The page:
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Sunshine Week Round-Up

March 15, 2012

Sunshine Week, the annual celebration of the importance of open government and freedom of information, is in full swing. Every year, the news media, nonprofits, libraries, schools, and the government debate the public’s right to know. Some of the biggest stories from this year’s celebration include:

Monday, March 12, 2012

  • On the heels of his agency receiving the annual Rosemary Award for worst open government performance, Attorney General Eric Holder delivered a speech at the Department of Justice to celebrate government openness. Holder claimed that the Department of Justice had led the way in FOIA improvements, and had made “meaningful, measurable” progress.
  • The National Security Archive rebutted Holder’s speech, criticizing the Attorney General for rehashing widely discredited FOIA statistics. Archive FOIA Coordinator Nate Jones discussed the reasons why the Department of Justice deserved the Rosemary Award with Federal News Radio’s In Depth.
  • Josh Gerstein of Politico reported further on the government’s dubious FOIA numbers. Mr. Gerstein pointed to former Department of Justice official Dan Metcalfe’s deep skepticism about the department’s claim of backlog reduction, and argued that the standards agencies used to track their FOIA progress could be “confusing and inaccurate.”

Tuesday, March 13, 2012

Sen. Chuck Grassley (R-IA) and other members of the Senate Judiciary Committee spent Tuesday advocating for the public's right to know.

  •  The Senate Judiciary Committee held a hearing on the Freedom of Information Act Tuesday. During the hearing:
    •  The Department of Justice’s Office of Information Policy director, Melanie Ann Pustay, argued that a 2011 Supreme Court ruling left federal agencies less able to protect against public disclosure on matters of cybersecurity and US computer networks.
    • After Pustay’s condemnation of current FOIA exemptions, the ranking members of the Senate Judiciary Committee, Chuck Grassley (R-IA) and Patrick Leahy (D-VT), were visibly  frustrated why the FOIA recommendations the Office of Government Information Services (OGIS)  submitted to the Office of Management and Budget (OMB) over a year ago had never been formally adopted, submitted to Congress, or to the Obama Administration.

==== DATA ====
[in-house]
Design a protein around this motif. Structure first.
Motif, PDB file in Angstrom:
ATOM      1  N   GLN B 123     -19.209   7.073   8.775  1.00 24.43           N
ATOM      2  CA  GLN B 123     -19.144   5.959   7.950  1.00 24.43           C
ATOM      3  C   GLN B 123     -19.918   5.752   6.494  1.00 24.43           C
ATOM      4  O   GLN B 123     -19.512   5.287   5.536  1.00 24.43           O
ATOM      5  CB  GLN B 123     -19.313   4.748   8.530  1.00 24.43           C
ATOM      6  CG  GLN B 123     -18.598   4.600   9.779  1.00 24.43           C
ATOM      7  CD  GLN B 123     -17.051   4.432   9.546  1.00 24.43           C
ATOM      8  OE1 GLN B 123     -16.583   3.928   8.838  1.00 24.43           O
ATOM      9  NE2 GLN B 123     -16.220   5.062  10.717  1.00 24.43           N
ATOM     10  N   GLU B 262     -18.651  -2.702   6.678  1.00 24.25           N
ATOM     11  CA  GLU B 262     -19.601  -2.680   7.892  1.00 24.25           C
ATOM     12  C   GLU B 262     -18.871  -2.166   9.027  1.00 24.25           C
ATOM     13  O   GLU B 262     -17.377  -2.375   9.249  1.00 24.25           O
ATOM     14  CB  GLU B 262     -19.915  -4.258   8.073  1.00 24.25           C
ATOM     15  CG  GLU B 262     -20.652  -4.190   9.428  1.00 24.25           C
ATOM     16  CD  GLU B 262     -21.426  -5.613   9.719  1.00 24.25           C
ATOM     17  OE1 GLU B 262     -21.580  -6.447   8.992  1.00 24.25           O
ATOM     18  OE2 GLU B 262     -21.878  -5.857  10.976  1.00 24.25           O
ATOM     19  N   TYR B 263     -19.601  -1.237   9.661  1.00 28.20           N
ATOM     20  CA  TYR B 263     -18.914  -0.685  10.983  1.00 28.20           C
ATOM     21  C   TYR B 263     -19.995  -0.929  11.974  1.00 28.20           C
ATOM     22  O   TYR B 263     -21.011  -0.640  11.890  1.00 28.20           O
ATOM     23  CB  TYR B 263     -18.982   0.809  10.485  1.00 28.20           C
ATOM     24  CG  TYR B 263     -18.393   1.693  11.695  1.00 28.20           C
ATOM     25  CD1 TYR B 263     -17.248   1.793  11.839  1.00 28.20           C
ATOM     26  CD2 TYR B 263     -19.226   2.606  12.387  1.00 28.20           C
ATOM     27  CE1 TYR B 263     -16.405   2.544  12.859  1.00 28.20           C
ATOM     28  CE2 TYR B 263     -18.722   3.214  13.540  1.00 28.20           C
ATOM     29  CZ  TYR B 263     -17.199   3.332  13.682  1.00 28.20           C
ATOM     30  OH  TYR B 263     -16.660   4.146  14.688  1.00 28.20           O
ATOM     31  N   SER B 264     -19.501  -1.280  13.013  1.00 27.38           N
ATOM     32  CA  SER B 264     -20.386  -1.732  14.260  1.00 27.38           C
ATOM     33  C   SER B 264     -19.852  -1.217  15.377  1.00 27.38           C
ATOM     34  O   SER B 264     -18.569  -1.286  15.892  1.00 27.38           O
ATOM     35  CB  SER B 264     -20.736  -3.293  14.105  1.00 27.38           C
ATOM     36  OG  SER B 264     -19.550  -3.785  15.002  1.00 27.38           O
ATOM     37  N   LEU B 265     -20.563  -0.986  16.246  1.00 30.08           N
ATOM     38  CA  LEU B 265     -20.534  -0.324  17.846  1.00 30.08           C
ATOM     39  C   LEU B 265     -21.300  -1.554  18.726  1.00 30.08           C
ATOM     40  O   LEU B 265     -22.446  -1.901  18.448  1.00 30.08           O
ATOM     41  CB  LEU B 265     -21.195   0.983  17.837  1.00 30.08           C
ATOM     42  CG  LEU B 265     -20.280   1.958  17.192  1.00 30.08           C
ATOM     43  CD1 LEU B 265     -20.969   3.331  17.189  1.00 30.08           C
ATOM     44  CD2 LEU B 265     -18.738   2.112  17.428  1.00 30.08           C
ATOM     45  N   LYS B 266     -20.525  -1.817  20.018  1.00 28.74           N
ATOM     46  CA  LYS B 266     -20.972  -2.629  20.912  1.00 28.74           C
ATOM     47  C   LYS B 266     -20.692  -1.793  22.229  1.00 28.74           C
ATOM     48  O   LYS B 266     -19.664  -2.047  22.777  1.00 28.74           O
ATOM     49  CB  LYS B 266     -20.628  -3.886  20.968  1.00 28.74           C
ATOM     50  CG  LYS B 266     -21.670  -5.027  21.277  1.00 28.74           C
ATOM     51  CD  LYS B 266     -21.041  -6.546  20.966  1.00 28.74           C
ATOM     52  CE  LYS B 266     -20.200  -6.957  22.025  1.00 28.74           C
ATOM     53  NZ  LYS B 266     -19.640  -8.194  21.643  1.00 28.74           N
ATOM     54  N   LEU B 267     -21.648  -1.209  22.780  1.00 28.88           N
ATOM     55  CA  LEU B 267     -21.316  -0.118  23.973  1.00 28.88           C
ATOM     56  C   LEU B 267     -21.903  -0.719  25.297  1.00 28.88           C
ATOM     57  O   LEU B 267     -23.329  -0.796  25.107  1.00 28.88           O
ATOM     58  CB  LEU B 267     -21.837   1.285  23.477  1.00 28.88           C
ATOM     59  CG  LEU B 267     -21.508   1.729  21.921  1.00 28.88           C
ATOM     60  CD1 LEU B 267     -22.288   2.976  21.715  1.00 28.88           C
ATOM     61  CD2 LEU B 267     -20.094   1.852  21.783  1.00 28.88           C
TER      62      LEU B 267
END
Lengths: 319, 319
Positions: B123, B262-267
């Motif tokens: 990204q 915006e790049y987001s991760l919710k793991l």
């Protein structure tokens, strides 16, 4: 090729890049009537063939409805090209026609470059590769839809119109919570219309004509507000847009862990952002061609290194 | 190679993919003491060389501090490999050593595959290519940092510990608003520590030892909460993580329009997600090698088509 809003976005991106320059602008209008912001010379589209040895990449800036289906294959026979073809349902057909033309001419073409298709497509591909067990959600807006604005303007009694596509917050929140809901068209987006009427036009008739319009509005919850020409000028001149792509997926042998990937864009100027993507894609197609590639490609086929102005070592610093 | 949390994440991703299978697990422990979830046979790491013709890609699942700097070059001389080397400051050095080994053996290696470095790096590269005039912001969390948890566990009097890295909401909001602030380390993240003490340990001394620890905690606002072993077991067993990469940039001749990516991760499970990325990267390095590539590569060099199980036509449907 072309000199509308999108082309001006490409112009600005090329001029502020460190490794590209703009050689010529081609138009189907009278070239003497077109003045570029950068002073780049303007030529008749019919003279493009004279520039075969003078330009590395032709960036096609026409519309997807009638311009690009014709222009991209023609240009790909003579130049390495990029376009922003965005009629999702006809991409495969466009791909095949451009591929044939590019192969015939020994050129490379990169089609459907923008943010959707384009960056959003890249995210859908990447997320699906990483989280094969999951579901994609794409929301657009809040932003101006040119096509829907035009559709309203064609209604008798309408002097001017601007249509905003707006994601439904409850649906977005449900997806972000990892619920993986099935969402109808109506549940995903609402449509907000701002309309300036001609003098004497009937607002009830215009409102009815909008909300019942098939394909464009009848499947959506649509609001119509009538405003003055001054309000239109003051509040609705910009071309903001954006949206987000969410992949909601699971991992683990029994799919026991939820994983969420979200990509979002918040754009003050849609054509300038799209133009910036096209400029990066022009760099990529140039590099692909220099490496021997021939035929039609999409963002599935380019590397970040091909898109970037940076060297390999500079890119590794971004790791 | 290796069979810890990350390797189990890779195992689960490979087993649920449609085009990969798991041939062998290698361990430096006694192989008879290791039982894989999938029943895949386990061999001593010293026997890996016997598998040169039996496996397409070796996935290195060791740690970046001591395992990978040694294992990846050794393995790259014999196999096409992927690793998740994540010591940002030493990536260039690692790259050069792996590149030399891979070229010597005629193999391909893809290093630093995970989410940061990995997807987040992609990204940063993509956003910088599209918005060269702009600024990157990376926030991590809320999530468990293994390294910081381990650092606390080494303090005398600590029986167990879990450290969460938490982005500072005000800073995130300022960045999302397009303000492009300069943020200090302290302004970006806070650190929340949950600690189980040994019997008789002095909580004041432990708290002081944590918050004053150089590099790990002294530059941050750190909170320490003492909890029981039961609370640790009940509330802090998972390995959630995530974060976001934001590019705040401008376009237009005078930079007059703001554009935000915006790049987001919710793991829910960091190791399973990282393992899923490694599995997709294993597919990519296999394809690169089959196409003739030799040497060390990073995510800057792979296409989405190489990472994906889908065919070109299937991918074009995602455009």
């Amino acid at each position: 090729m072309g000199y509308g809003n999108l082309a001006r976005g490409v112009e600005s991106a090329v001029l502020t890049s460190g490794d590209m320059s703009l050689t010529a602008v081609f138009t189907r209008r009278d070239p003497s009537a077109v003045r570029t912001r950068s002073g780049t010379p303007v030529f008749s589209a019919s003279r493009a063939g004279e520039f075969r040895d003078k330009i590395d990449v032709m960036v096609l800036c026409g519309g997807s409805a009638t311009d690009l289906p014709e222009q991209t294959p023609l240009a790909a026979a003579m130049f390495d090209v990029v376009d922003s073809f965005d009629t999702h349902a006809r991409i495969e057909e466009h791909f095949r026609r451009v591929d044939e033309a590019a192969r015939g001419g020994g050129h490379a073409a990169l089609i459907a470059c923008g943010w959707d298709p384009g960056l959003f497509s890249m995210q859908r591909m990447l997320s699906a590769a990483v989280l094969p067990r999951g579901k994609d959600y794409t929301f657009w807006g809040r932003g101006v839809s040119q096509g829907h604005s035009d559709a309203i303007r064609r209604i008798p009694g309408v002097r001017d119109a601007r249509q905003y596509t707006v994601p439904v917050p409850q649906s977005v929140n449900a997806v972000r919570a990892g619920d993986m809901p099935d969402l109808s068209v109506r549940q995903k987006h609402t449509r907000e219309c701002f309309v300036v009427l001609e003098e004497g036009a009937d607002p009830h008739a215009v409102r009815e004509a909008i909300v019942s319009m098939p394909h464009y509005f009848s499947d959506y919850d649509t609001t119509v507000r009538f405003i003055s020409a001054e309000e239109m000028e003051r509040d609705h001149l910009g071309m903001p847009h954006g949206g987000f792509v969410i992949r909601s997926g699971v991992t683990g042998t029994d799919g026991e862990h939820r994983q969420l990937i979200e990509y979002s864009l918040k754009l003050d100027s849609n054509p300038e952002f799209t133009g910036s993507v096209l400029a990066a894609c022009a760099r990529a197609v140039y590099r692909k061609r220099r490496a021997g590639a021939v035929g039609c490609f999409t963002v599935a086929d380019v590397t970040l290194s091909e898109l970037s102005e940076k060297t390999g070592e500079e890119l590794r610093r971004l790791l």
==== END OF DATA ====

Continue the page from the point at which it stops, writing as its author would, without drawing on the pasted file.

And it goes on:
• Fellow Judiciary Committee member Senator John Cornyn (R-TX) criticized the Obama Administration for failing to deliver on its promise of unprecedented levels of transparency.

Wednesday, March 14, 2012

  • The FOIA Ombudsman – OGIS’ blog – posted their Sunshine Week wish list.
    • The insightful, feasible ‘wishes’ include creating a FOIA career track, standardizing FOIA web pages, and top-down support for FOIA improvements.
    • The Ombudsman also correctly emphasized the need to further perpetuate the understanding that knowledge of the Freedom of Information Act is everyone that works in the federal government’s responsibility. Mandatory FOIA training for all agency employees would greatly improve the culture of government transparency.
    • OGIS also recommended that all agencies to reinforce their FOIA policies with memos and all-hands meetings.

Thursday, March 15, 2012

  • The Committee on Oversight and Government Reform, chaired by Darrell Issa (R-CA), issued their report card on the federal government’s efforts to track and manage FOIA requests. While a few individual agencies received a perfect score, the federal government as a whole earned a C-. Special demerits were earned by the Office of the Director of National Intelligence, which earned an ‘F,’ and the Department of Justice, which earned a ‘D.’ The Department of Justice’s OIP division headed by Melanie Ann Pustay was especially abysmal, receiving 1843 FOIA requests and only granting – either in full or partially – 253 releases.

Rep. Issa (R-CA) and his committee gave the fed an overall grade of 'C-' for its FOIA performance.

The Congressional report reaffirms that while Sunshine Week is ending, the fight for open government continues. Even with the support of Senators like Chuck Grassley, John Cornyn, and Patrick Leahy, FOIA battles are likely to be long and drawn-out. Despite Attorney General Holder’s 2009 FOIA directive ordering a presumption of disclosure, much work remains to ensure a “new era of openness.”

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